The CRE problem at hand is a cash flow problem as well as a risk problem. Almost all properties are unstable in the current economic climate. There is uncertainty surrounding when net income will become stable and how much that income will be worth i.e. cap rate analysis. This begs the question: When will the economy - and thus real estate - stabilize? Will cap rates be higher than they were entering the crisis? Will fundamental demand for the subject property type have decreased relative to its demand going into the crisis? What effect will this have on market rental rates and ultimately value?
While nobody has a crystal ball, we have discussed these concerns with market participants and understand how to model these issues.
The future changes in lending criteria are uncertain. However, as of January 2021, the Federal Reserve has publicized a commitment to maintaining low interest rates – to as low as 0%. Due to unprecedented government spending in reaction to the COVID-19 stay-at-home orders and resulting steep climb in unemployment, consumer buying power is anticipated to deteriorate – albeit to an unknown extent. The economic effects of such intervention are not expected to be realized until government involvement in the market subsides.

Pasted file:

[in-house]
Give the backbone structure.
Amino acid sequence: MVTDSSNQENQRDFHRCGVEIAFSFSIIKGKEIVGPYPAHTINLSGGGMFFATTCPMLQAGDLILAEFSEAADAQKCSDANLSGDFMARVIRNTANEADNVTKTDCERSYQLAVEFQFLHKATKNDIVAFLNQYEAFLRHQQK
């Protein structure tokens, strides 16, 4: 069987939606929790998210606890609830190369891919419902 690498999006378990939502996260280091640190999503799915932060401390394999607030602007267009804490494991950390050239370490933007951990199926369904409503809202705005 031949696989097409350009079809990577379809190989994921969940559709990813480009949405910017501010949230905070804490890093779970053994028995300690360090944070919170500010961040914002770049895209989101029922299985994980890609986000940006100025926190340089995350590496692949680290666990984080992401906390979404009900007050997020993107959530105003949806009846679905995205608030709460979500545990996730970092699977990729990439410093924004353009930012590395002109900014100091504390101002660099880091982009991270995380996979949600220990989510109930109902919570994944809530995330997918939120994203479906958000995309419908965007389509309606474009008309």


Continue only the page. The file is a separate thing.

Many economists believe the rapidly expanding Fed balance sheet will result in an inflation spike. Periods of inflation generally translate into an increased desire for tangible assets as an investment alternative. The interaction of these forces as well as the future supply and demand for competitive properties is difficult to project but will likely affect property values.
 Involvement includes investment in equity markets, forbearances, stimulus checks, enhanced unemployment benefits, among others